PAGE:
A number of physiological, morphological and growth characteristics (photosynthetic photon flux density, sediment redox potential, sediment nutrients, shoot density and biomass, morphometrics, growth, carbohydrates, chlorophyll, photosynthetic characteristics, crude wall fibre, nutrients and 13C) previously known to respond to changes in light availability were measured in P. sinuosa that were exposed to a range of shade intensities. This experiment occurred from 1st October 2003 to mid-May 2005 in Cockburn Sound, north-east of Garden Island.

Lineage

Maintenance and Update Frequency: notPlanned
Statement: - Experimental design -

Shade screens were set-up in Cockburn Sound at north-eastern Garden Island in depths of 3 - 4 m (32º 09' 42.7" S, 115º 40' 38.5" E) and 7 - 8 m (32 09' 39.0" S, 115º 40' 45.7" E). Here the seagrass is mostly a monospecific P. sinuosa meadow. The site is partially protected from the dominant south-westerly wind and swell by Garden Island. Shade screens consisting of ½ inch monofilament net (light shade; LS), 50% (moderate shade; MS) and 80% (heavy shade; HS) reducing shade cloth were established in situ over the meadow. HS was only established at the shallow site. The screens consisted of 2.4 m metal star pickets hammered into each corner with an additional picket in the centre of each side. A stainless steel wire was run around the pickets, suspended from stainless steel shackles. The shade cloth was fastened to the wire using clips (Coolaroo shade cloth fixing butterfly clips) and cable ties. The final dimension of the screens was 4.5 m x 3 m. Control plots were established by marking out an equivalent area with a permanent metal picket placed in each corner. P. sinuosa responses to light availability at the deeper site, four replicates control plots as well as LS and MS were arranged in a line along the depth contour to avoid the array traversing a depth change.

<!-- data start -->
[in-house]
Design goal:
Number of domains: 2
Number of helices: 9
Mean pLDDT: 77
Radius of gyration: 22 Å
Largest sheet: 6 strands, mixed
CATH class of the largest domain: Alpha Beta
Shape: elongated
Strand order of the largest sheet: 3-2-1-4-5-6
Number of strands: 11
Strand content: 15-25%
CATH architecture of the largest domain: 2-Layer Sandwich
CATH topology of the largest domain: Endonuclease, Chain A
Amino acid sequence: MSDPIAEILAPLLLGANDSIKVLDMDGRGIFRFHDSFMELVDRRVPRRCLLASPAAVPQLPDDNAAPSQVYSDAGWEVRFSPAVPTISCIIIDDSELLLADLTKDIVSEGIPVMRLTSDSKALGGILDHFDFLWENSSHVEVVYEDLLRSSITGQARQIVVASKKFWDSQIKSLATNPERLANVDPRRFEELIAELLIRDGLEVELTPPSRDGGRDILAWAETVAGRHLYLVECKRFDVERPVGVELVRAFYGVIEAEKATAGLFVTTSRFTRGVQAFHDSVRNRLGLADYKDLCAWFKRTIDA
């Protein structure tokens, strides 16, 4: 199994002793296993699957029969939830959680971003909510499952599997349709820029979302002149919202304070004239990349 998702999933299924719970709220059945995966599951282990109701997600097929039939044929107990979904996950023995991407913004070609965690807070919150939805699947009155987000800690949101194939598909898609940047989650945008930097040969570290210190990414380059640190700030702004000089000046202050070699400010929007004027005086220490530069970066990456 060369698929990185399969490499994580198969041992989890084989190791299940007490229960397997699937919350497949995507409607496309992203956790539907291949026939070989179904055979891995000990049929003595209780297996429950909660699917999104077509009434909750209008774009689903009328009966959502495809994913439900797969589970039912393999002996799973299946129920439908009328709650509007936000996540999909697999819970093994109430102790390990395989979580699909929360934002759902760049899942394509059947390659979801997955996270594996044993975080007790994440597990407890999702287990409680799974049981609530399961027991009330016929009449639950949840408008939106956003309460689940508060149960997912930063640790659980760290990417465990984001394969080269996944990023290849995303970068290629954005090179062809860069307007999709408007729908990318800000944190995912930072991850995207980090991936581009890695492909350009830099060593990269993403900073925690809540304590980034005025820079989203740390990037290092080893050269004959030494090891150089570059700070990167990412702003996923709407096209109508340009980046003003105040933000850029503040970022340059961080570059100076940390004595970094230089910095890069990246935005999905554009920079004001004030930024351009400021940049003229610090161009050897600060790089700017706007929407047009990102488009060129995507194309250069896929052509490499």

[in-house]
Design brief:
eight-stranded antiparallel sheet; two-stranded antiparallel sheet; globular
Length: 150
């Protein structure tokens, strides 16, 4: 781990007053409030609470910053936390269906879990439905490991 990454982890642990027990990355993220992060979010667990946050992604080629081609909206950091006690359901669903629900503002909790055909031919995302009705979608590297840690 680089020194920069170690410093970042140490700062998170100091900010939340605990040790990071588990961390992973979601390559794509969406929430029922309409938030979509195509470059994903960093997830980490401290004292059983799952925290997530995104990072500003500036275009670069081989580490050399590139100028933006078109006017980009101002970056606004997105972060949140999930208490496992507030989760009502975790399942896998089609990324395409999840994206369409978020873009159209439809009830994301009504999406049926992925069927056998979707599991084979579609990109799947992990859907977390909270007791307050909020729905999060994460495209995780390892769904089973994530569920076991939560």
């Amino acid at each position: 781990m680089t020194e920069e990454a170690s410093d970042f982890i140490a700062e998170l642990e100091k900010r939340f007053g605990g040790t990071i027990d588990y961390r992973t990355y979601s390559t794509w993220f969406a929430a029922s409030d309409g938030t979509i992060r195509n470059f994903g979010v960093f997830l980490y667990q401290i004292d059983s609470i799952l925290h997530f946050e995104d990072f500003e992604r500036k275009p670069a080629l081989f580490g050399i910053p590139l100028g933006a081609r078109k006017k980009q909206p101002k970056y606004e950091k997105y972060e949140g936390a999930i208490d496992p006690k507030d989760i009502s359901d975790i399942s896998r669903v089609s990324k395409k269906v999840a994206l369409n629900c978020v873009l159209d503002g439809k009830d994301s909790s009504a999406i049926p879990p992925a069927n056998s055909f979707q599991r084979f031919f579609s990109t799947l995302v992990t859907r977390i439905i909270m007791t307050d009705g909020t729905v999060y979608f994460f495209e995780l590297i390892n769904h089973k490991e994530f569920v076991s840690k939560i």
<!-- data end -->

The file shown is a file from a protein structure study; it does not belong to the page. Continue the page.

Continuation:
At the shallower site, four replicate plots each of control, LS, MS and HS were arranged in a random order within three parallel rows. Because epiphyte accumulation on the screens was rapid, they were cleaned every 2 - 3 weeks for the first two months. As this was relatively ineffective at controlling fouling, the screens were subsequently removed and replaced with clean shade cloth every 3 - 4 weeks.